“Marketing-Focused” Thinking Should Drive Your Website Design Today
The homepage is often a prospect’s first impression of your website. Long, scrolling pages are the expectation these days, so think of your homepage elements as a bit of journey. Don’t try to cram it all above the fold, let people get further and further as they scroll.
So that visitors can get the most out of landing on your website, consider implementing the seven elements below.
1. The promise
The purpose of the promise headline, above the fold on your homepage, is to show the visitor that you understand the challenges they face. You need to make them a promise that will solve their problems.
2. Call to action
A call to action (CTA) is an image or text that prompts visitors, leads, or customers to take a specific action. CTAs help to guide people through the customer journey and advise them on next steps.
Your call to action can be to request more information, schedule a consultation, or download a free report. Make sure it’s relevant and useful – the days when people simply signed up to receive an email from you are over, but people still want to be led to useful activities and resources that get them closer to solving their problems.
Many companies are beginning to feature video on their homepage, and for a good reason! Video allows you to give people a real sense of who you are, what you stand for, and let people hear your story. It’s also a great way to produce content to engage your audience.
Some put this in the nice to have category, but I think it’s a must these days for small business websites.
4. Trust elements
You need to have elements that build trust on your homepage, whether they be logos of current customers or testimonials for your audience to glance over. Have reviews or accolades you want your audience to see? Make them easy to find and place them on the homepage.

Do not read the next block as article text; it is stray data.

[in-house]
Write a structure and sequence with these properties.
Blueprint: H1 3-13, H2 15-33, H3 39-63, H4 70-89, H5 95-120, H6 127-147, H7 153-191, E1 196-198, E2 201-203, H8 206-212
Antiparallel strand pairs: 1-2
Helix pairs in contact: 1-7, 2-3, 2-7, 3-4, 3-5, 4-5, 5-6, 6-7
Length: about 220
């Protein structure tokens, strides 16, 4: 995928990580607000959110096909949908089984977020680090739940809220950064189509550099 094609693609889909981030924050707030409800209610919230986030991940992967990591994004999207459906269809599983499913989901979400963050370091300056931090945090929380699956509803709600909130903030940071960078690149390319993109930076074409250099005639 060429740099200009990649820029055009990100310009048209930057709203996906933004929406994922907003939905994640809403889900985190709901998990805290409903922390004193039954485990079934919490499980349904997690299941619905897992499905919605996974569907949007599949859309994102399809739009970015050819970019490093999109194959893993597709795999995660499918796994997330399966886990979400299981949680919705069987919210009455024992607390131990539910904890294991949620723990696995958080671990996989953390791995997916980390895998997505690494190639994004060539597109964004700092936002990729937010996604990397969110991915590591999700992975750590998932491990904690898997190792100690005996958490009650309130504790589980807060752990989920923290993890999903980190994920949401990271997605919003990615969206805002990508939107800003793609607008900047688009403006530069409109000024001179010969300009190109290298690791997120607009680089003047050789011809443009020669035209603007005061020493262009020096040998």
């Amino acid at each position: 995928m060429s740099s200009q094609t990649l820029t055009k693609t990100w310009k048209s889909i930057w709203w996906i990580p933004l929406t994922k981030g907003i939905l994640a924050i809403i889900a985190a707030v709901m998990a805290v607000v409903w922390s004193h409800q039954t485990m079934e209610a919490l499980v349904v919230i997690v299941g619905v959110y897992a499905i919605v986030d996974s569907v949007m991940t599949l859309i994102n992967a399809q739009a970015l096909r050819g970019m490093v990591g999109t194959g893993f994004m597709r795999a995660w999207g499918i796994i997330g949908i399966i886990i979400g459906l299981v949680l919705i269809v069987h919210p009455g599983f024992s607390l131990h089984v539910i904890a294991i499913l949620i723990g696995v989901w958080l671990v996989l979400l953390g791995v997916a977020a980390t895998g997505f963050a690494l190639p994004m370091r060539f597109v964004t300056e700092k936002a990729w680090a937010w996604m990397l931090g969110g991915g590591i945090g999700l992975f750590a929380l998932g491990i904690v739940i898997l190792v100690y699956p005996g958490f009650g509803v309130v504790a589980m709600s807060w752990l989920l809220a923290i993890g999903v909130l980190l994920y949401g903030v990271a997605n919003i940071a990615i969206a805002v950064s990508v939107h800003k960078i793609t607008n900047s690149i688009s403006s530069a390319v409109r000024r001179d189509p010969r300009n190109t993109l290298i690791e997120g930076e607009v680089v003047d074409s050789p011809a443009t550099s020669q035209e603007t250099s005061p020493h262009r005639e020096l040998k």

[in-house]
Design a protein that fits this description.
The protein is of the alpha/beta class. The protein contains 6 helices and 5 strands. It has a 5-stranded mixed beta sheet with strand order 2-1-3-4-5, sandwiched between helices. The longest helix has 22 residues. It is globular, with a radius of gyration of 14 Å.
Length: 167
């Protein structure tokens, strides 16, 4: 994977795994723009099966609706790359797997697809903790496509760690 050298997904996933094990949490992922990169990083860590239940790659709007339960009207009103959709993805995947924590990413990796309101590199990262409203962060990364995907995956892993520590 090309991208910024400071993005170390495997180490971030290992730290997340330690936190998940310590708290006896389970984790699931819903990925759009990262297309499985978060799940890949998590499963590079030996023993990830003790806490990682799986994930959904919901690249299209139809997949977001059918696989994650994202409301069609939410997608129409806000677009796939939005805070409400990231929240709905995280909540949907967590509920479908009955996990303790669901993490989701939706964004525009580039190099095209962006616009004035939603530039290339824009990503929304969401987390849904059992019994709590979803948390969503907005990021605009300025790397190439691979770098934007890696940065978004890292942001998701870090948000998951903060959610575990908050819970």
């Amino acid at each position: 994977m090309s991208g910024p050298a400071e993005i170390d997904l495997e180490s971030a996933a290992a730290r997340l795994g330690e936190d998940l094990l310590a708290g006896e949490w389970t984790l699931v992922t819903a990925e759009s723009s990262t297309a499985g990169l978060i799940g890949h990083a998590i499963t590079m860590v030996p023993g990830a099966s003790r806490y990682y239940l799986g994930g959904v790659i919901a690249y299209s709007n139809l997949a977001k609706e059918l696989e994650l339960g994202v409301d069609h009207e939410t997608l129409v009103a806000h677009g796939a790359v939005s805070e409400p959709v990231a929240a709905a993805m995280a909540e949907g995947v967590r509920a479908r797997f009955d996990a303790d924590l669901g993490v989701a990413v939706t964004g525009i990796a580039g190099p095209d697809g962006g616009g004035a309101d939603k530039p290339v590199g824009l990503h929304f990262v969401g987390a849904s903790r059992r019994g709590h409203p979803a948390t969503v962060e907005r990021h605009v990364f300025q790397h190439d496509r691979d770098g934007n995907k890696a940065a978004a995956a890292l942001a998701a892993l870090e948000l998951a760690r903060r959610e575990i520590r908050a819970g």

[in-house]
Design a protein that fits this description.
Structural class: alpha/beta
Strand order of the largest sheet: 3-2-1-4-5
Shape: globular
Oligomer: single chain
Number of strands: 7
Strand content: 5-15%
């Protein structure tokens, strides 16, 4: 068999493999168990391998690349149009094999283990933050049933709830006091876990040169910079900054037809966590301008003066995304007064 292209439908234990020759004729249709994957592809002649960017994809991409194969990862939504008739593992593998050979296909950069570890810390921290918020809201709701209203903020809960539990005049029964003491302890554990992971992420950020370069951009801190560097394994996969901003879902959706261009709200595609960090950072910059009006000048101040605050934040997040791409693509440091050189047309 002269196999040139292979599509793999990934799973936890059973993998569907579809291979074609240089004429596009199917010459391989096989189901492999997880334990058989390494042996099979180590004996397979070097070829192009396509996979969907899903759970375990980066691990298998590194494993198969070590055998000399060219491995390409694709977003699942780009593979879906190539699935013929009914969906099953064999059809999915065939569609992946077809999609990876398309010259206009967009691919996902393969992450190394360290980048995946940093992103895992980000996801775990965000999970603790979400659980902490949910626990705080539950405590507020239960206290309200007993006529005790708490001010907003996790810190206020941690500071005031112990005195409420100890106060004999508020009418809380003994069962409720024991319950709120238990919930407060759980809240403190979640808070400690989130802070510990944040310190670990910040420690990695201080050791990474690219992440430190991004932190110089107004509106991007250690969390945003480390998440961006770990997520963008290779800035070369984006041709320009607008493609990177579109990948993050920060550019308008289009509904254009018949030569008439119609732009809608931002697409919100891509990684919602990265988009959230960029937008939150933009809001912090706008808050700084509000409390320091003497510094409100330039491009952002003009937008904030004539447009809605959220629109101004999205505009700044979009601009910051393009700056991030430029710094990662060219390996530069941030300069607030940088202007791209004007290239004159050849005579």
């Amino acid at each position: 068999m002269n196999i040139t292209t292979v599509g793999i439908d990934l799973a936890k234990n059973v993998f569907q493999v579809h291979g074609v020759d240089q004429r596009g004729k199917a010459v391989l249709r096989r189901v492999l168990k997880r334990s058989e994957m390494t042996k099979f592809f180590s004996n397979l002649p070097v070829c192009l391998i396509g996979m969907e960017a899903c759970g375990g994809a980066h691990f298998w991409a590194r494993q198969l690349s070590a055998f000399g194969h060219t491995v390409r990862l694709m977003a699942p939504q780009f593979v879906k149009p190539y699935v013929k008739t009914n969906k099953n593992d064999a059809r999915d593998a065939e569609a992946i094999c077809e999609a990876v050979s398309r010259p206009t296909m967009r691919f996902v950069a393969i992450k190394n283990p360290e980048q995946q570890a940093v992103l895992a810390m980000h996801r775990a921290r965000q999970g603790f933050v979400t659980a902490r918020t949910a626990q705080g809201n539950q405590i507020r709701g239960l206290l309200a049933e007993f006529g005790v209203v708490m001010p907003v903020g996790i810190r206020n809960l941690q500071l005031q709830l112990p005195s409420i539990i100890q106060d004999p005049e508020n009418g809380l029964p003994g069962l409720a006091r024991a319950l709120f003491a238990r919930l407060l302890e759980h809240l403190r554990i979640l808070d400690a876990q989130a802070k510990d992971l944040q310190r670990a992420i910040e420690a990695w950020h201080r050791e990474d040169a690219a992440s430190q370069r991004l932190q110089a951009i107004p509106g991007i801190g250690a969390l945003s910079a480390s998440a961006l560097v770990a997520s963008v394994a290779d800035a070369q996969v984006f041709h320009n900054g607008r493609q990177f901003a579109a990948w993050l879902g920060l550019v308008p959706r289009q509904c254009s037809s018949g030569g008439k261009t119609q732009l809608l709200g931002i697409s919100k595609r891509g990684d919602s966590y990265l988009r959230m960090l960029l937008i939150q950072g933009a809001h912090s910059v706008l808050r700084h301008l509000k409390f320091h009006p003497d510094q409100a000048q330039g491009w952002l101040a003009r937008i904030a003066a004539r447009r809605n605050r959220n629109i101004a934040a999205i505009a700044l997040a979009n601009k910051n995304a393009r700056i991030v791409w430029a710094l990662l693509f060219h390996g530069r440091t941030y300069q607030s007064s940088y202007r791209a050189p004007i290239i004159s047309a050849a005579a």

This is almost a content category for many businesses as things like reviews, case studies, and testimonials should be part of your ongoing content building efforts, but once you collect them use them to build trust and social proof.
Wondering why your website doesn’t generate traffic and leads like you thought it would? Our Total Online Presence Audit can help.
5. Changing content
It’s a good idea to feature frequently changing content from your website on your homepage. For example, place a blog or social feed on the homepage that shows recent activity. It’s a great way to show your company is active and to keep content fresh on the homepage.
6. Content upgrades
A content upgrade gives people the ability to download premium content in exchange for an email address or capturing a lead. This is an essential element for conversion on your website. If they download this content, this expresses interest in what you do. Take this opportunity to give them more valuable content moving forward to nurture them through to the sale.
The key is to make the upgrade, a checklist or eBook for example, highly relevant to the blog post or content where it is featured.This is an essential element for conversion on your website. If they download this content, this expresses interest in what you do. Take this opportunity to give them more valuable content moving forward to nurture them through to the sale.
This is an essential element for conversion on your website. If they download this content, this expresses interest in what you do. Take this opportunity to give them more valuable content moving forward to nurture them through to the sale.
7. Core services
Create boxes that feature your core products or services and include about 100 words of content with each. Since these are your core services, you’ll likely have full pages or sections of your site related to each, but by placing them on your homepage accompanied by descriptive content, you’ll also get some additional SEO value.
Get help with your website
The experts at Advantage Marketing can help you develop a website that generates leads for your business. Contact us to learn more.
Reprinted from 5 Step Marketing Blueprint by John Jantsch, Duct Tape Marketing